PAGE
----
Courtesy of Edward Crutchley

Edward Crutchley AW21 is a love letter to Northern England’s matriarchs

Edward Crutchley’s AW21 collection celebrates the no-nonsense opulence of Coronation Street's Bet Lynch and drag legend Lily Savage.

by Osman Ahmed
22 February 2021, 12:59pm

Courtesy of Edward Crutchley

Anyone that has ever watched Coronation Street will know that there is a no-nonsense, straight-talking fabulousness to Northern women, least so in their love for gaudy prints, hair-rollers at the supermarket, and the earthy camp with which they dispense their arched one-liners. Edward Crutchley, who grew up in the Yorkshire Dales, has devoted his AW21 collection to the matriarchs of his hometown. Named after the original title for the British soap, ‘Florizel’ riffs on the gritty glamour of Bet Lynch and Lily Savage, as well as Edward’s own Nana Lorna. Leopard prints, silk head scarves, blown-up bouffants, ‘80s-style sportswear and cosy cardies are all given the Crutchley treatment, reimagined in sustainably-sourced, uber-luxe materials made as locally as possible. “I think it feels more realistic,” he explains. “I’m not someone who’s massively into autobiographical fashion, but this is it in a way. It feels like a real offering, rather than an abstract idea that the clothes are then based around.”

Combining menswear and womenswear (though Edward is quick to point out that it is all designed to be worn by whomever it pleases) the collection is ultimately a love letter to Northern England. The colours take their cue from the local terrain — sandy beiges, terracotta, stone greys and coal blacks — while the prints are slightly more… far-ranging. Of course, there’s leopard, the print that is simultaneously both soap star and mid-century Dior (Edward happens to be a creative consultant on Kim Jones’ menswear team there) which takes centre stage on supple merino jacquards. “What’s great about leopard is that it is immediately dressy,” Edward points out. “It has that intention of making it a look.” A moiré-like ocelot print, on the other hand, is applied to a warp of recycled polyester before being woven in the manner of an Ottoman fabric — and though it may seem pointedly couture, in fact comes from a streaked slug found in Edward’s back garden. It sits alongside damask prints based on 1820s designs from the textile printing museum in Mulhouse, plumed prints that are an amalgam of works by the naturalist John James Audubon, and intricate temple frescos on Liugong Island in China, a resting place for British Navy Officers in the early 20th century.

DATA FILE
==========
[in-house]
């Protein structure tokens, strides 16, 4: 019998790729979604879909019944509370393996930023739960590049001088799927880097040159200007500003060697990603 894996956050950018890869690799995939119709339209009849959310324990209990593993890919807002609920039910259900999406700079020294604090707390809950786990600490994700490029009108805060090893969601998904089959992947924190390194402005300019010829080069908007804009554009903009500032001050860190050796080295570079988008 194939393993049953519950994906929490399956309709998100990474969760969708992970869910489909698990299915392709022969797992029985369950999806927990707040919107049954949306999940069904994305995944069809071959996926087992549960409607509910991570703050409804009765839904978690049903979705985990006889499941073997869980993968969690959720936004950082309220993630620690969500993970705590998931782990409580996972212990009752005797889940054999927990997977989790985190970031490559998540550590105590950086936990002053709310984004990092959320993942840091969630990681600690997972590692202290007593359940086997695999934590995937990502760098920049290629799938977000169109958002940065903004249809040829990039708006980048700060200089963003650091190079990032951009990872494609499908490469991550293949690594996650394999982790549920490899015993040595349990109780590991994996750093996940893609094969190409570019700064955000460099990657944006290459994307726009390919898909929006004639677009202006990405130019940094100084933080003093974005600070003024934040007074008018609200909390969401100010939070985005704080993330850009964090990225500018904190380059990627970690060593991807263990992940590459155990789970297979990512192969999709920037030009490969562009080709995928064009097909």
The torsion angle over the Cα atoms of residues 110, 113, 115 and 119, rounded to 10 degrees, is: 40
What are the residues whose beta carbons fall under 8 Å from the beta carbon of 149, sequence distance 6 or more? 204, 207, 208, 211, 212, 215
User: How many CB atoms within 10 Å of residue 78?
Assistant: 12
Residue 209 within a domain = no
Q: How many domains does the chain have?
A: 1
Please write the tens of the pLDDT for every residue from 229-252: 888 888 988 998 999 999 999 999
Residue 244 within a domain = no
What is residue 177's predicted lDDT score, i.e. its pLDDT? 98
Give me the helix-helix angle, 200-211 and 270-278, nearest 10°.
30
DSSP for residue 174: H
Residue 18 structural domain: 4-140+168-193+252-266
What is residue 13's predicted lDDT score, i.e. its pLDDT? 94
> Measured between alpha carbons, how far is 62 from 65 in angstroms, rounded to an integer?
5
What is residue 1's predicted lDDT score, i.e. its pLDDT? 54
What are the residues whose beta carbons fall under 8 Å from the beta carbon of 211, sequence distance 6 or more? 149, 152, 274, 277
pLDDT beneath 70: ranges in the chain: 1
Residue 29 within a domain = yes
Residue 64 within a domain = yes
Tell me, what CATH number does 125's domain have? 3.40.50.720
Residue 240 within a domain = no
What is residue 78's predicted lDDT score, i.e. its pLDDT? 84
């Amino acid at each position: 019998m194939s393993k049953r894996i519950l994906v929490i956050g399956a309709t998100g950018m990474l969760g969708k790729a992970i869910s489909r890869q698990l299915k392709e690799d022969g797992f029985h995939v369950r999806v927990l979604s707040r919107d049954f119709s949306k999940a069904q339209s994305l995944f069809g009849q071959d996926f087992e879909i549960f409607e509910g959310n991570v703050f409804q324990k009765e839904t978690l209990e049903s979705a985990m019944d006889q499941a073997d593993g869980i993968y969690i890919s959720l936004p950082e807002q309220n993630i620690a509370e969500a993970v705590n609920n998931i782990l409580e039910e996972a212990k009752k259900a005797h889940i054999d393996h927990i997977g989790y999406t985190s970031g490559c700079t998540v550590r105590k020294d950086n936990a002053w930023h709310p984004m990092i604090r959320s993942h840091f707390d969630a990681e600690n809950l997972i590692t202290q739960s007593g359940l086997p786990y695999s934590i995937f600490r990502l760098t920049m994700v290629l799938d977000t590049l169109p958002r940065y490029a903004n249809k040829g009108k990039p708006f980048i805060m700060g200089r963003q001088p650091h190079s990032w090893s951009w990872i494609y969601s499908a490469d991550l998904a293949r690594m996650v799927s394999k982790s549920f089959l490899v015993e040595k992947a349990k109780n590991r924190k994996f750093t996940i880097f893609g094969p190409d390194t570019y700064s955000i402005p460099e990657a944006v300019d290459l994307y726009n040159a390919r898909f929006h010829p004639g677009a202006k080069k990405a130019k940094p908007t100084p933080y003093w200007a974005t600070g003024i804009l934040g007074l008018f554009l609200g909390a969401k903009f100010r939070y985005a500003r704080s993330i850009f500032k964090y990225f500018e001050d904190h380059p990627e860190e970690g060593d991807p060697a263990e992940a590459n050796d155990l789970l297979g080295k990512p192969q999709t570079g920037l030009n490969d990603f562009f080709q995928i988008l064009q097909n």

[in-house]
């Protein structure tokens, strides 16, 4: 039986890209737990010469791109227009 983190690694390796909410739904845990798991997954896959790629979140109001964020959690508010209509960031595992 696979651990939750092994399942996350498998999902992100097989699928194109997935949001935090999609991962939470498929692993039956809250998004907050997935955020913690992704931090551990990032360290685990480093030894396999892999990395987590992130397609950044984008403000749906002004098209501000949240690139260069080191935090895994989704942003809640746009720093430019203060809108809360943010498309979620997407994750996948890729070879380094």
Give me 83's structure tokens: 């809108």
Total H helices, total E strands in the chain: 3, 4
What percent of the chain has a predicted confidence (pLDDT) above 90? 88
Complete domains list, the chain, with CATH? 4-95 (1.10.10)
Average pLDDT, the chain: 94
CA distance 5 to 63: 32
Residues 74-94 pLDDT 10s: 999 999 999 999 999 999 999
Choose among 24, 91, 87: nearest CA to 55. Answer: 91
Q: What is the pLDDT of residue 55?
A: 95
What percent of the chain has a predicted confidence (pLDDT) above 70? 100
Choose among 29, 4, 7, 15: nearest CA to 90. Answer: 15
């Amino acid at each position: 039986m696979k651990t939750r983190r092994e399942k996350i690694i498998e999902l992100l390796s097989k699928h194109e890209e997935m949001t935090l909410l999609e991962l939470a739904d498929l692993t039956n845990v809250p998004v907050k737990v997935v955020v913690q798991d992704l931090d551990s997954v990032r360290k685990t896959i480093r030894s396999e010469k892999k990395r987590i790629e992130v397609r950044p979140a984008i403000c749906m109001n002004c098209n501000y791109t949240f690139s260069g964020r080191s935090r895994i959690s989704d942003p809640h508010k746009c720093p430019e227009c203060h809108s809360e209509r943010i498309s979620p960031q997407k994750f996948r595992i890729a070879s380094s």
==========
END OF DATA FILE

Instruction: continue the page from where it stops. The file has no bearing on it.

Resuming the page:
Many of Edward’s collaborators are Northern, too, like Stephen Jones, who created the moiré flat caps and floating foulard headscarves, and Roker’s Alim Latif, who crafted the patent leather Quality Street-like loafers. “When I was talking about this mood, everyone got it in a five-word conversation,” laughs Edward. It’s not lost on him that, at a time when so many are separated from their families, the idea of celebrating local everyday heroines and heroes is a comforting balm for lockdown homesickness. More poignantly, he also centred as much of his production in the UK as possible, something that many designers have been doing this season, as a result of challenges with post-Brexit customs and shuttered factories around the world. It’s something that Edward has always done, committing to an environmentally sustainable way of working the feeds right through the supply chain.

“I make luxury clothes, that’s my background, that’s what I know how to do and that’s what I’m interested in,” he says. “Honesty and transparency in sourcing shows people why your product is why the price it is. This is the best I can make it.” This season, his fabrics were printed by Biddle Sawyer in Manchester, cardigans and cashmere beanies knitted by Johnstons of Elgin on the Scottish borders, the slim micro-textured tailoring from Bower Roebuck in Hebden Bridge — that means that not only are the clothes made by skilled artisans from the best natural fabrics, but they don’t clock up thousands of air miles being flown back and forth — and if there was ever a tiny detail that makes a big statement, Edward’s sovereign rings are made using a mix of British Pound and Euro coins. Anti-Brexit bling at its finest.

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